26 August 2013 How elections impact property values


Prime Minister Kevin Rudd’s recent announcement of the Federal Election has brought into question the impact that elections have on property values, with one data provider suggesting that the elections have more of an affect than most would think.

Onthehouse.com.au reveals that in the 11 federal elections since 1978, seven of the elections saw the rate of house price growth slow for the three months leading up to the election, but data also shows that when growth does slowdown prior to an election it is followed by a rise in growth rates afterward.

The reverse was true for years where growth rates did not slow prior to an election. In these cases, price growth rates went into a slump directly after the election.

Onthehouse.com.au spokesperson John Edwards said that the data pointed to a clear trend. 

“When taking the data into consideration, elections have clearly had an impact on the property market. We took Sydney data because it was our most robust, but when mapping on a national basis the historical data followed a similar pattern,” Edwards said.            
                                                                                 
Historical data on Sydney house values since 1949 shows that:
•    Under Labor Prime Ministers, the average growth in the housing market was 8% p.a.
•    Under Liberal Prime Ministers, the average growth was 6.9% p.a.
•    Julia Gillard was in power during the slowest ever period of price growth, with house prices falling in real terms for Sydney housing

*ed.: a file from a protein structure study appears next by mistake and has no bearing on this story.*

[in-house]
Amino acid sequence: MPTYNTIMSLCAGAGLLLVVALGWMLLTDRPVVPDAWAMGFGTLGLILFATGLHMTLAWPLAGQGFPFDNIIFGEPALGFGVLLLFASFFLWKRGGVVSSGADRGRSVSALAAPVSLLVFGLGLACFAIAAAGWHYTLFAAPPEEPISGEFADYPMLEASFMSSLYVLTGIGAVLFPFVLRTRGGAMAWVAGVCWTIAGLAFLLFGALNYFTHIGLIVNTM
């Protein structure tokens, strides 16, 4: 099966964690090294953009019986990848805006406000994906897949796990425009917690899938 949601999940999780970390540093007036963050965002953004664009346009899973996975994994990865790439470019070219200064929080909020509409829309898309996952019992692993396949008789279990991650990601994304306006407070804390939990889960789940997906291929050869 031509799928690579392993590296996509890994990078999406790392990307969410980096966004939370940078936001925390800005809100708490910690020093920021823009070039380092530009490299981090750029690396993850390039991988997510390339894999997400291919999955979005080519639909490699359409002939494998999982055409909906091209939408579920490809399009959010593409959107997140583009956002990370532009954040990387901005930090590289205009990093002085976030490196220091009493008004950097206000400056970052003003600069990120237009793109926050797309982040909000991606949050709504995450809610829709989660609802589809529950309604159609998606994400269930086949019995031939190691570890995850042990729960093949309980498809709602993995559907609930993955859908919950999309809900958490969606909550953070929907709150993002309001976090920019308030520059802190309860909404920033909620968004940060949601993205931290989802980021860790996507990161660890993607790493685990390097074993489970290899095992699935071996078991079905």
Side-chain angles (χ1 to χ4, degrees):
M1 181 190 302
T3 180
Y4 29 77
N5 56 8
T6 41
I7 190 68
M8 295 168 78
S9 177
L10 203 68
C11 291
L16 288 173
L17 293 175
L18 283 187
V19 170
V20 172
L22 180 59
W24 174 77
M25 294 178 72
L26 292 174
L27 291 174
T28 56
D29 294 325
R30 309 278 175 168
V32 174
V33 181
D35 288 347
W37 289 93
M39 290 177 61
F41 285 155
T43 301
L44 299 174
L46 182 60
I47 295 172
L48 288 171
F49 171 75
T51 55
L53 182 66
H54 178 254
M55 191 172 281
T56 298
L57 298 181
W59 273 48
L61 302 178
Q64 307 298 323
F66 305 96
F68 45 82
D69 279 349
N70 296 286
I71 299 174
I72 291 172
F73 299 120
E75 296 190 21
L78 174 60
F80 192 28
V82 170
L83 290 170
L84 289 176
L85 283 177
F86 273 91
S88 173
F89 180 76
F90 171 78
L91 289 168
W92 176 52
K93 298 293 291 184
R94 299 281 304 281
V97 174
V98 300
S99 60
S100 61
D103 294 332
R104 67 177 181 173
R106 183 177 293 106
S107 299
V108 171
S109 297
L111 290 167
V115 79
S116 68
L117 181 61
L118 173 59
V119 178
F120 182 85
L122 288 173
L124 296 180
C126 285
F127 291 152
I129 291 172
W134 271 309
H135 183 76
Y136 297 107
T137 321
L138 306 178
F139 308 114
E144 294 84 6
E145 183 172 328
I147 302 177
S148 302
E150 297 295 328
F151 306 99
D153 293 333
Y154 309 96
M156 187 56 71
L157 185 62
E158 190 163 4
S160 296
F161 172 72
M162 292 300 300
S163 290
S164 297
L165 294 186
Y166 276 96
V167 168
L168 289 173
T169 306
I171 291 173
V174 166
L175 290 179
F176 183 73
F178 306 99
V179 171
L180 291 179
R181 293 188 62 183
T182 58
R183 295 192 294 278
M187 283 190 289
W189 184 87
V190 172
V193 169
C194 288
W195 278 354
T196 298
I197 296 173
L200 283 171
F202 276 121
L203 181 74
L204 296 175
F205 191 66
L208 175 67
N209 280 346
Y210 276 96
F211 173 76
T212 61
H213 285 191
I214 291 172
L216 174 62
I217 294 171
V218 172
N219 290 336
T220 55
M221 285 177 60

•    Although housing values fell in real terms under Labor, this meant that the affordability for potential house-buyers improved
•    The Prime Minister who saw the largest annual rise in house values over their term of office was Gough Whitlam (1972 – 1975)

Edwards added: “Sir Robert Menzies can probably be credited with achieving the best long term sustainable growth rate which saw house prices grow at a rate which kept housing relatively affordable, but provided reasonable growth and will not have distorted the total yield mix. Under the current government the market has had its lowest growth rates since 1949. While this is not good for house owners, it has meant that buyers are more able to enter the market.”

Reproduced in full with permission: Property Observer How elections impact property values 7 August 2013

Attention: This article is intended to provide general information only. Every attempt has been made to ensure the accuracy of this information at the date of publication. The opinions expressed in this article do not reflect those of DHA, its staff or agents. Property prices are subject to fluctuation. Prospective investors should seek independent advice. DHA will not be liable for any loss, damage, cost or expenses incurred or arising by reason of any person relying on information in this article.

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